Updated: Apr 1
1. Be Aware
The first step to body language improvement is awareness. Start to pay attention to everything you do, and when you do it. The other day, I noticed I play with my pen when talking to new clients or about signing contracts; with that realization I can better understand why I do it and what it means to adjust for the situation and perform better in negotiations. Awareness is half the battle.
2. Study Others
Look at other people. When in a negotiation, people can't help but to give signs. How does someone act when you ask them questions? When they answer are they looking to the left? Are they blinking? Maybe they are touching their face. These are all signs that something is going on in the mind of the person.
3. Mirror the Other Person
If you are sitting or standing opposite somebody, mirror their body positions, match their tone, and carry the same pace of conversation. Don't do it in an obvious or unnatural fashion. Even subtle mirroring can create a synergy and connection, and after a while you'll both be doing it naturally — you won't even know who is following who!
4. Be Aware of How You Cross Your Arms and Legs
Many people find crossing arms or legs comfortable, so it's no use to say you can't do it. If you want to cross your legs, that's okay; just be aware of the direction your cross them in, and make sure you cross towards your conversation partner. Beware: crossing your legs in a "figure four" fashion with your ankle resting on your knee can be seen as being stubborn or arrogant.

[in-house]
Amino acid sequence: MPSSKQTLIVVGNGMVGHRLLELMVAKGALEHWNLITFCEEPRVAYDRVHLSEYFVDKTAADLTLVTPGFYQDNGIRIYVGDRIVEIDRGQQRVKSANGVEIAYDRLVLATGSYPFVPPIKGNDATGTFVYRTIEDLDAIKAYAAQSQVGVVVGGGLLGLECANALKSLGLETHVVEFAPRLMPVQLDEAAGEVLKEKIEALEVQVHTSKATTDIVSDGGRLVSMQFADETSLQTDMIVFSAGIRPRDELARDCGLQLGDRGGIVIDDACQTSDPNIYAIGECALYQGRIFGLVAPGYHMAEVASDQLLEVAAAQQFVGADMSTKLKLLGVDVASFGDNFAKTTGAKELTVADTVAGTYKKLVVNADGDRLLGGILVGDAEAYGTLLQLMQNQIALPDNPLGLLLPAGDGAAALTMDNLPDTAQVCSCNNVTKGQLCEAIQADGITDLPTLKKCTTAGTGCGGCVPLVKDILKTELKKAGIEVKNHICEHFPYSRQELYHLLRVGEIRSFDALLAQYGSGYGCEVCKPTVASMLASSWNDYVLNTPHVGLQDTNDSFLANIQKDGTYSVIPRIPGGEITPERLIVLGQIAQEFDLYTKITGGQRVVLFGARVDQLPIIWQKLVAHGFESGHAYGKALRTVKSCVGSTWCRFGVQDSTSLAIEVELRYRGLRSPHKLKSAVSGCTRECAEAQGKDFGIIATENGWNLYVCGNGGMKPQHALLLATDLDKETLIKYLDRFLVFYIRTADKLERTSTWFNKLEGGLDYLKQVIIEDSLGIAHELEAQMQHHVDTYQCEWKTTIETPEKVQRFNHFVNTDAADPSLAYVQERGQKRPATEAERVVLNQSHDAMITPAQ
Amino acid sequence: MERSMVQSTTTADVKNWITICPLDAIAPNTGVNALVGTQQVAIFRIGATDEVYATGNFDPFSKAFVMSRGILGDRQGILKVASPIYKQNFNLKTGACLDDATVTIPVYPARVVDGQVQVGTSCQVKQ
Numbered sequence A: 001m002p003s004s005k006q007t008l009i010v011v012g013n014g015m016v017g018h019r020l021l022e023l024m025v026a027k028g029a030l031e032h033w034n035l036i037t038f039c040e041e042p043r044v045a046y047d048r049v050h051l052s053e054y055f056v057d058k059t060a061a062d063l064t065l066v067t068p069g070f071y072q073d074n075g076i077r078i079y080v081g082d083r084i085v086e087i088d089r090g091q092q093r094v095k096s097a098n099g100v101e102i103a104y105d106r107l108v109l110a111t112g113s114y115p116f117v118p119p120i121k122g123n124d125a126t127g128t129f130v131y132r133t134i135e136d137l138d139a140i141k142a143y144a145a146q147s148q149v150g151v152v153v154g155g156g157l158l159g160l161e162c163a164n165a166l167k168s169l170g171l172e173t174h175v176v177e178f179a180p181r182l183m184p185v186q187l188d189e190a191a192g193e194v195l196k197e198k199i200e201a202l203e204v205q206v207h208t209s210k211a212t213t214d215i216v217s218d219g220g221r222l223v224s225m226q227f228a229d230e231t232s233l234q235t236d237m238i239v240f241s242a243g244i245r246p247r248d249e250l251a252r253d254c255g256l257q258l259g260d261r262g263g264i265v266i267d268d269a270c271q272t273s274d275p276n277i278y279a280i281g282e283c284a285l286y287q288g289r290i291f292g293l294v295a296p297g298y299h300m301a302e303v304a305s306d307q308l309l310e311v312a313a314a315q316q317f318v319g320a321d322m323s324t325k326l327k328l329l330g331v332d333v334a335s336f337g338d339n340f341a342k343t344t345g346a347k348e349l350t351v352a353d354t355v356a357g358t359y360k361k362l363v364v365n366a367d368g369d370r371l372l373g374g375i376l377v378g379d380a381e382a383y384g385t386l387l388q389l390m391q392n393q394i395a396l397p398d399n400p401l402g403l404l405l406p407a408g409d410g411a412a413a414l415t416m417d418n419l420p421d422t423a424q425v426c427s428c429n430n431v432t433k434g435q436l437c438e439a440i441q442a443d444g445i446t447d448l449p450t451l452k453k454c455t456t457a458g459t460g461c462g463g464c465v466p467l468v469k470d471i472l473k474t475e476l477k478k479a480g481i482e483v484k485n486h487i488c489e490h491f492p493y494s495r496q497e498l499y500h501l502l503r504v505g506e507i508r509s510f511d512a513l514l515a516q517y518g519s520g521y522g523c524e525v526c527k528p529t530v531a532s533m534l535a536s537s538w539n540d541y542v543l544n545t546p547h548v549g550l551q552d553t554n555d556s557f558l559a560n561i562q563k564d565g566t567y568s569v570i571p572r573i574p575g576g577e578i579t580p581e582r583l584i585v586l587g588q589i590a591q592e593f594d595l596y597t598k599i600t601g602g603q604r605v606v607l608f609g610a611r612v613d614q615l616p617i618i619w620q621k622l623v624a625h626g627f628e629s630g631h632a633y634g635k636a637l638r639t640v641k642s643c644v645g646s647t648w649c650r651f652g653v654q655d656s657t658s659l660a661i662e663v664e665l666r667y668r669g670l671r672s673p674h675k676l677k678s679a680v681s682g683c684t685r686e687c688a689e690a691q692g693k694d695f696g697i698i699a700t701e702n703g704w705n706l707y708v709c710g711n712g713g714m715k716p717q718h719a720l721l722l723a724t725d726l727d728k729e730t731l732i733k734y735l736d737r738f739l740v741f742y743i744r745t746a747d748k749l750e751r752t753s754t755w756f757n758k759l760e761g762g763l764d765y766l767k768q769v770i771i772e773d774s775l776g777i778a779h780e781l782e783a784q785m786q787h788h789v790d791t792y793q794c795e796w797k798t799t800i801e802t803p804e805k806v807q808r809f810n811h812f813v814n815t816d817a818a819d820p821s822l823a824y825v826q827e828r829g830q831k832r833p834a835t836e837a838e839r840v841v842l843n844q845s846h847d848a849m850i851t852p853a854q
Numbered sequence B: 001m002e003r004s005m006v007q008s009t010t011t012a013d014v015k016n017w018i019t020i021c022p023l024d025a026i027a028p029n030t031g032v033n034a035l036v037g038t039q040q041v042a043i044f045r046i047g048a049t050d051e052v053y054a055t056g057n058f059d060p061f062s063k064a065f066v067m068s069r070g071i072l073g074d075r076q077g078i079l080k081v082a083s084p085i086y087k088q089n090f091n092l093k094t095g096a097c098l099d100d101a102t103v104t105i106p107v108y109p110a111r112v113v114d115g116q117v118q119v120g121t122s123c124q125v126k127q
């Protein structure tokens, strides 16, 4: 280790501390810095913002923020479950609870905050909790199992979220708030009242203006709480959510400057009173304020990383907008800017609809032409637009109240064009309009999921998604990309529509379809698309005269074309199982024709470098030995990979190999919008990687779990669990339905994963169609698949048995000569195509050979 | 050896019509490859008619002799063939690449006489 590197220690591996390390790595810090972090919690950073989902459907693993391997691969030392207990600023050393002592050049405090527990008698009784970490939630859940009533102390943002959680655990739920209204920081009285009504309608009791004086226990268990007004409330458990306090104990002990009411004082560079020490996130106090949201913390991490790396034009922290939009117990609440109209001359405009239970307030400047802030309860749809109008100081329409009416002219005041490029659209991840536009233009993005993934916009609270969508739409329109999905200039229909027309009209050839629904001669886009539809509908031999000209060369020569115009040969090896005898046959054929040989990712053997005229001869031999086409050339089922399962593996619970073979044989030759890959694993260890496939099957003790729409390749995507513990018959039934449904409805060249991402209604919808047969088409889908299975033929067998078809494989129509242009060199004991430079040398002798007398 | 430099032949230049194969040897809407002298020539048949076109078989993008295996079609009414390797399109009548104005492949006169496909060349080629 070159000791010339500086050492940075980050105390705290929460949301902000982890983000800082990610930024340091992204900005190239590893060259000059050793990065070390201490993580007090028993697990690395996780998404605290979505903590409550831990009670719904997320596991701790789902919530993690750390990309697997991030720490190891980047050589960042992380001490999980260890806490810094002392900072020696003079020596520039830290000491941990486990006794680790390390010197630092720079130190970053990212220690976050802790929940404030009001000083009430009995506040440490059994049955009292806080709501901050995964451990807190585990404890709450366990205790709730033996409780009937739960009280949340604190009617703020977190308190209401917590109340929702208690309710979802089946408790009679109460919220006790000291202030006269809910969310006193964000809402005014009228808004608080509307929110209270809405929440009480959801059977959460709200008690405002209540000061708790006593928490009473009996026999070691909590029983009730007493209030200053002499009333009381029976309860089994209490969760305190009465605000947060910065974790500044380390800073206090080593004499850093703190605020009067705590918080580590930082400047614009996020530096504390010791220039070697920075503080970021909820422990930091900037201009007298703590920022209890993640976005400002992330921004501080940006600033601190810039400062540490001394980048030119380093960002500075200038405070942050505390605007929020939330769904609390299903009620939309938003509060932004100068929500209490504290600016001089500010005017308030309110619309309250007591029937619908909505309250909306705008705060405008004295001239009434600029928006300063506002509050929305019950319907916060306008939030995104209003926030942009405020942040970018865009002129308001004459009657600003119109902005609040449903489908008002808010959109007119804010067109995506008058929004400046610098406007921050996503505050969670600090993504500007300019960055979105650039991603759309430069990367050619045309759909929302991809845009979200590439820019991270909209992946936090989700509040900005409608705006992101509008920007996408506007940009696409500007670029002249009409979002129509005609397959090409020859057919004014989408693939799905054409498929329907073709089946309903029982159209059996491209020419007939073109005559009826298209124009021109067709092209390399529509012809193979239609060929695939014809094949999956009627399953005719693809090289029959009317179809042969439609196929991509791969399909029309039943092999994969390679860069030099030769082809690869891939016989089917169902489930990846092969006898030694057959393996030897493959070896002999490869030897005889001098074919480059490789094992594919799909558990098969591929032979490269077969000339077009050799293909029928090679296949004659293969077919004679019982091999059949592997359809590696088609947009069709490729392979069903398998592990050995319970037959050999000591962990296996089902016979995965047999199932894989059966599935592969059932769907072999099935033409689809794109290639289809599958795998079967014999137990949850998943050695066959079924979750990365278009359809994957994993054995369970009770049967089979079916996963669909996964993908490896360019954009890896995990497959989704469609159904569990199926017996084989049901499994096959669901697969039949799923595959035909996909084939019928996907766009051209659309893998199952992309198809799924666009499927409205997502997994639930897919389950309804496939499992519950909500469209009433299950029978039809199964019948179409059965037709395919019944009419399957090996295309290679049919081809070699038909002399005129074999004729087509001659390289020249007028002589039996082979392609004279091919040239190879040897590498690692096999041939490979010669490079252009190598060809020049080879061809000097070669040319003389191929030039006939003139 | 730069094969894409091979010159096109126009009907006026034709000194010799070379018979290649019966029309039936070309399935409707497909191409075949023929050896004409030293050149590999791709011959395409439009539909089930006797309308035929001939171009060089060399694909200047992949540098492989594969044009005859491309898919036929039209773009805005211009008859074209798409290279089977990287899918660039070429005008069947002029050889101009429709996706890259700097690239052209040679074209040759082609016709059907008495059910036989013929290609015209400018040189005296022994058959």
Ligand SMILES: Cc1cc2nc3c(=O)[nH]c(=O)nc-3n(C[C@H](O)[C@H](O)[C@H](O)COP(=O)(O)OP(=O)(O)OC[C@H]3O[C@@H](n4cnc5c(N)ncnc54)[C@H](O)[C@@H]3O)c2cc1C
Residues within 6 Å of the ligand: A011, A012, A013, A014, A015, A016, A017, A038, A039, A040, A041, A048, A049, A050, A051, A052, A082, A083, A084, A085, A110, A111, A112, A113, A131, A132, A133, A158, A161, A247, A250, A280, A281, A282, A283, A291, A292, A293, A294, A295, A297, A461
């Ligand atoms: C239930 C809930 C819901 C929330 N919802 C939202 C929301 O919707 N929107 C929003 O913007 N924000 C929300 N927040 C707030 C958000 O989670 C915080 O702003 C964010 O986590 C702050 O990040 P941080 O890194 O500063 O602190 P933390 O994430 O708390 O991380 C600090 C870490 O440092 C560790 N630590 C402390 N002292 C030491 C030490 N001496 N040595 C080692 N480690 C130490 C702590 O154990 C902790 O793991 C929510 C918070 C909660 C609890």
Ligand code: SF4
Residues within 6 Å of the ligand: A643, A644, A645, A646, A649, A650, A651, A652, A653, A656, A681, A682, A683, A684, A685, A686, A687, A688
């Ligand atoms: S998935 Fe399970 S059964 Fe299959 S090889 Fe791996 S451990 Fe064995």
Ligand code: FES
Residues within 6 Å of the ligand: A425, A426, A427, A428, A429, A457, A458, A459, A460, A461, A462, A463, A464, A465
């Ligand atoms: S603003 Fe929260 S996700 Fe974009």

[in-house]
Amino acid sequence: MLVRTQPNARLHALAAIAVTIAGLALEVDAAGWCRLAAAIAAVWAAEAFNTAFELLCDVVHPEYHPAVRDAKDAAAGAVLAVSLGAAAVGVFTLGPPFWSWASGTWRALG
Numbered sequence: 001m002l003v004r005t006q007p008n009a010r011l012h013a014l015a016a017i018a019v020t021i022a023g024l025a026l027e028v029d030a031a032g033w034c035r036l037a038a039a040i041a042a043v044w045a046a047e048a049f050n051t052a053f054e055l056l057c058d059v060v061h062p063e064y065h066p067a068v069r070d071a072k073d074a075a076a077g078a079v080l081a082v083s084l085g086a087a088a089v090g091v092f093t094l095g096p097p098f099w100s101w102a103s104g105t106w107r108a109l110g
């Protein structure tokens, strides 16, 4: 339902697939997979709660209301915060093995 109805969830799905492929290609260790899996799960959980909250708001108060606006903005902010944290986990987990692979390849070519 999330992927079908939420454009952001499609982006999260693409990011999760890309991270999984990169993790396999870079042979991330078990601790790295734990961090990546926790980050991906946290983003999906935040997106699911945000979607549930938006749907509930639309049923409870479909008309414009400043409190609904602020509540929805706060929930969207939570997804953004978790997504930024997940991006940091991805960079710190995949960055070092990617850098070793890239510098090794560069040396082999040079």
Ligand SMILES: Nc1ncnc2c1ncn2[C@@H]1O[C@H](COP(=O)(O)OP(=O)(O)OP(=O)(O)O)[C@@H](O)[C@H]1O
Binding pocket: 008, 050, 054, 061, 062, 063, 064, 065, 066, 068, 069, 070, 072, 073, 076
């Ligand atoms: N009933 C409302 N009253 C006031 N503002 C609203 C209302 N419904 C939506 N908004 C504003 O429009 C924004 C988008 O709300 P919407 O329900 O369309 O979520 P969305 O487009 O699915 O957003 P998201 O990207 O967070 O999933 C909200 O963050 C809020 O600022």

Also, be aware of other ways of creating crosses with your body; women often grab their opposite shoulder or elbow, or people hold a drink on the table using the opposite hand: these are signs of a lack of confidence or closing your body (and mind) to the conversation.
5. Make Eye Contact
Eyes are windows to the soul, and what you do with them communicates a lot. Be sensitive to cultures that eschew eye contact with elders or strangers; otherwise look somebody in the eye. Not only will you say a lot by doing so, but you might also learn a lot.
6. Relax Your Shoulders
Holding your shoulders by your ears is a sign of tension, and stands to put your conversation partner on edge as well.
7. Face Your Conversation Partner
Similar to crossing arms and legs, not facing your conversation partner is a sign of distraction or disinterest. You'll increase engagement by facing your partner, and can keep command of the negotiations this way.